This post has been read 216 times!
June 17, 2021- by Steven E. Greer
Tucker Carlson interviewed First Amendment lawyer Harmeet Dhillon because she is using a novel legal strategy to sue Twitter. Even though Twitter is a private company and not normally eligible to be the target of a Section 1983 First Amendment lawsuit, she is suing them for this because they collude with the State of California to censor speech.
This was my legal strategy. I have given it to Harmeet and other lawyers using wrong tactics to sue Twitter. I got the idea from own federal First Amendment case of Greer v Mehiel.
Greer v Mehiel, 1:15-cv-6119 (February 24, 2016), declared that, if a private company, such as Twitter, conspires with a government entity to violate the First Amendment, then it too becomes liable under Section 1983 claims. “Although section 1983 only applies to acts committed under color of state law, a plaintiff may state a section 1983 claim against a private entity “on a section 1983 conspiracy theory” if the complaint “allege[s] facts demonstrating that the private entity acted in concert with the state actor to commit an unconstitutional act.” Ciambriello v. Cty. of Nassau, 292 F.3d 307, 324 (2d Cir. 2002)”
Here is the email I sent to Harmeet in 2019:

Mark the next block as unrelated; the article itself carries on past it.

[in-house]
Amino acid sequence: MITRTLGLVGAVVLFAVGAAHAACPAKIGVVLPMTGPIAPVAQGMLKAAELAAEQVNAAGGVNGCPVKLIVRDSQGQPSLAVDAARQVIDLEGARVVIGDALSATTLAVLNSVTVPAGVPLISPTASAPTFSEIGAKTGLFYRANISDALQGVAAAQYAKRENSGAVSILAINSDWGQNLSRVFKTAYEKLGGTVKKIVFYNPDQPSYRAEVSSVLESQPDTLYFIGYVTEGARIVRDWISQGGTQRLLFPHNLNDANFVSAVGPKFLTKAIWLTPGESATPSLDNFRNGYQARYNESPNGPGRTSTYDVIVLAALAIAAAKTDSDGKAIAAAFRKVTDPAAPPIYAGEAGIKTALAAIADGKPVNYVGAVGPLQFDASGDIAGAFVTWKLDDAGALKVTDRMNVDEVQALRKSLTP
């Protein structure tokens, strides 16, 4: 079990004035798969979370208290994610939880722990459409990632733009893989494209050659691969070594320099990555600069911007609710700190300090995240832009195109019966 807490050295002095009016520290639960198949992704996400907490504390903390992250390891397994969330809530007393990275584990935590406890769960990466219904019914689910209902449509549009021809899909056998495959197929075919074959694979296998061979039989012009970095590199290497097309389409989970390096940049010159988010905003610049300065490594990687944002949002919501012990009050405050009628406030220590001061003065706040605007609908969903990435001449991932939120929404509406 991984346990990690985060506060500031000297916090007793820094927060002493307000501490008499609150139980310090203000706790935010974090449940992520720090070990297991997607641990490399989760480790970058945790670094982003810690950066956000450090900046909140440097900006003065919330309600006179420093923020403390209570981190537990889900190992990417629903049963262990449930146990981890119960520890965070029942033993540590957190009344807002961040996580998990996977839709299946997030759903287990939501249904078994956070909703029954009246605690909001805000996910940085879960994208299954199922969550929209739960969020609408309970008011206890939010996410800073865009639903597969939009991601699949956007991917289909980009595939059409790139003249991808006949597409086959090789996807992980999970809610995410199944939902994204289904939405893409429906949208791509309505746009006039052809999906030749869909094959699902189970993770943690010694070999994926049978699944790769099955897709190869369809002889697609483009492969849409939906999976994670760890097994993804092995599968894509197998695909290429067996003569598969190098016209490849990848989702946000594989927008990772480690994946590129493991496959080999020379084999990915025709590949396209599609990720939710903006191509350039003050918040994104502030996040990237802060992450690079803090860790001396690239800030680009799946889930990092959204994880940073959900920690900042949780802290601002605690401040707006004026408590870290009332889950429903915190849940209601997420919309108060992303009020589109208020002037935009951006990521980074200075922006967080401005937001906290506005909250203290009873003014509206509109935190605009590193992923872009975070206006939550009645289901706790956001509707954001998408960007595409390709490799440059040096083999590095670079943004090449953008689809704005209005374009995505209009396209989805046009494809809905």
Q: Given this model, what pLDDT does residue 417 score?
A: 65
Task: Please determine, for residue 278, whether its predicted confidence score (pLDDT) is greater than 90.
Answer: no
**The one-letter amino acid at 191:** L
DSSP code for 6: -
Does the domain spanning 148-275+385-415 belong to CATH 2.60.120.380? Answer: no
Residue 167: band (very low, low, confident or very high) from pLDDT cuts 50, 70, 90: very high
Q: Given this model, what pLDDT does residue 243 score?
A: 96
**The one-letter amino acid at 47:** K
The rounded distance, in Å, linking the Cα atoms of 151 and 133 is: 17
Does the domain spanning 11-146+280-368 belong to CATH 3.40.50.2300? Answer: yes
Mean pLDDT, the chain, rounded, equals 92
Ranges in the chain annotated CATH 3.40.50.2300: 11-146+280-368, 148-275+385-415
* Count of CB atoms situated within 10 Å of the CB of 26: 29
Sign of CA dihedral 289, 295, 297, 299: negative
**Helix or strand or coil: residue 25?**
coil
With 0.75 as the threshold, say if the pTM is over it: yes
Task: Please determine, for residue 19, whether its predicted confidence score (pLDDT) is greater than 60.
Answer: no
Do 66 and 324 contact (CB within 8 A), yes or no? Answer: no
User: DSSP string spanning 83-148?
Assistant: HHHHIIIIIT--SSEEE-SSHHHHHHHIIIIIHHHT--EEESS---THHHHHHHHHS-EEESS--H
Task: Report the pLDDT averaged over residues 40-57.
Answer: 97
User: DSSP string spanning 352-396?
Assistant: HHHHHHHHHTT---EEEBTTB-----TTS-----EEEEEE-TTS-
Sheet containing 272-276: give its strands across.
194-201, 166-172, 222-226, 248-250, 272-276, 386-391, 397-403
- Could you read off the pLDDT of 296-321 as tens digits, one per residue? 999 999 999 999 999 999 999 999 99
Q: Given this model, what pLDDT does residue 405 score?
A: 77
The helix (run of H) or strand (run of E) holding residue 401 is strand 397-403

From: SG <email@example.com>
Sent: Wednesday, March 20, 2019 11:01 PM
To: ‘Harmeet K. Dhillon (DhillonLaw)’
Subject: Twitter lawsuit
I have a bigger Twitter lawsuit, however. They have shut down my accounts for no reason. The angle there is First Amendment. I am in the Second Circuit now 19-326 Greer v Mehiel for First Amendment. In my own case, there is case law generated by my lower District Judge stating that private companies, like Twitter, can be sued under First Amendment if they colluded with state actors. Of course, we all know that the CEO of Twitter meets with Democrat party leaders in secret retreats, etc. Then, of course the other lawsuits filed against Twitter point out that social media is now a public town hall matter, per SCOTUS. This is a novel strategy only I know about, it seems, based on reading the other briefs.
BTW, why Devin Nunes went to State Court is beyond me. He will fail.